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Checking In On Equal-Weight ETFs This Year

by
November 7, 2014 12:53 pm
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The world of indexing is typically dominated by market capitalization weighted methodologies that give the largest allocation to the biggest stocks. However, that can often lend itself to these mega-companies having too great of a pull on the performance of the overall strategy.

For example, the PowerShares QQQ Trust, Series 1 (NASDAQ: QQQ) tracks the 100 largest non-financial stocks on the NASDAQ stock exchange using a market cap weighted approach. The largest holding in QQQ is Apple Inc. (NASDAQ: AAPL), which accounts for 14 percent of the total assets. Apple is therefore in a position to significantly influence the total return of the fund.

A varying style to the market cap index is an equal-weighting methodology that gives every stock in an established index a proportionate share of the asset allocation. This allows for smaller companies to have a more pronounced impact on the total return of the fund.

Related Link: A Unique Global ETF For A Commodity Rebound

The First Trust NASDAQ-100 Equal Weighted Index Fund (NASDAQ: QQEW) is the equal-weighted peer of QQQ and owns the same underlying 100 stocks. Each stock within the index is given a 1-percent allocation of the total assets and rebalanced on a quarterly basis.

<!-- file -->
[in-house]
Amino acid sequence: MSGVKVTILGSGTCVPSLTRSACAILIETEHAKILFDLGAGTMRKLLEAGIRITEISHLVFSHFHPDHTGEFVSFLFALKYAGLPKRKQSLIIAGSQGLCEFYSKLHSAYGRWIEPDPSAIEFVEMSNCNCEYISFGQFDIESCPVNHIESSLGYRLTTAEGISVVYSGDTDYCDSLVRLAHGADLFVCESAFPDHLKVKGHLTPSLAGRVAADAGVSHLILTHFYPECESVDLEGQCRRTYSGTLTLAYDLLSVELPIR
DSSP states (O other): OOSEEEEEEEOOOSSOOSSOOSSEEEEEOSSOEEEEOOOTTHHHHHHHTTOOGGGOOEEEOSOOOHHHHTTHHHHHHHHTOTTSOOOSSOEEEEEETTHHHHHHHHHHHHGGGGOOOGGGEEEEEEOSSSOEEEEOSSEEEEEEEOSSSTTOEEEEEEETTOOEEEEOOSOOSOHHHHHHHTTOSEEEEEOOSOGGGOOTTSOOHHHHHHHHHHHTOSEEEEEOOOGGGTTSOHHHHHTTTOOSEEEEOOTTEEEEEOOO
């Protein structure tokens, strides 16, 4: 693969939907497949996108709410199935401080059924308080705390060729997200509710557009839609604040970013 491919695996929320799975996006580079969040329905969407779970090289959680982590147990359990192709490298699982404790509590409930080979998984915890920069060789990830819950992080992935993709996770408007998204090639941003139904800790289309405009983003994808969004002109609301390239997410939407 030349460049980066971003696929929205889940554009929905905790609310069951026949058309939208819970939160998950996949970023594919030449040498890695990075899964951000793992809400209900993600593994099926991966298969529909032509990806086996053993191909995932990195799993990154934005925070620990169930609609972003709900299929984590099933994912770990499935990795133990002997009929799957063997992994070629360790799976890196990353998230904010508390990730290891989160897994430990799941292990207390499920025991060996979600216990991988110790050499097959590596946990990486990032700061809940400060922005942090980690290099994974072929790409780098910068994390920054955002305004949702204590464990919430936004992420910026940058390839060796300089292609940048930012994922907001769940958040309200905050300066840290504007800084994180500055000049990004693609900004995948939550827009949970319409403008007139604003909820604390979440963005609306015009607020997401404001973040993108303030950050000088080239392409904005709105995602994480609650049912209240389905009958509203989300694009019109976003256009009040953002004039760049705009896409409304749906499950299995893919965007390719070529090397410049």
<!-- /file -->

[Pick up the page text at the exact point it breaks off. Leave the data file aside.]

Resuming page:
So far this year, QQEW has slightly underperformed the benchmark index because of the generous returns of mega-cap stocks such as Apple and Microsoft. However, this could certainly change if the largest companies started to lag their smaller competitors.

qqq_qqew.png

Equal-weight ETFs typically shine during market cycles that favor smaller companies within the same industry group or sector.

The most well-known equal-weight index is the Rydex S&P 500 Equal Weight ETF (NYSE: RSP), which has more than $9.1 billion in total assets. Interestingly enough, RSP is moving almost in lock step with its market cap equivalent SPDR S&P 500 ETF (NYSE: SPY) this year. Both ETFs have gained approximately 10.5 percent since the beginning of 2014.

While the equal-weight methodology hasn't had a significant impact on total return this year, in past instances it has added notable outperformance. Last year for instance, RSP added more than 3 percent in additional return versus SPY.


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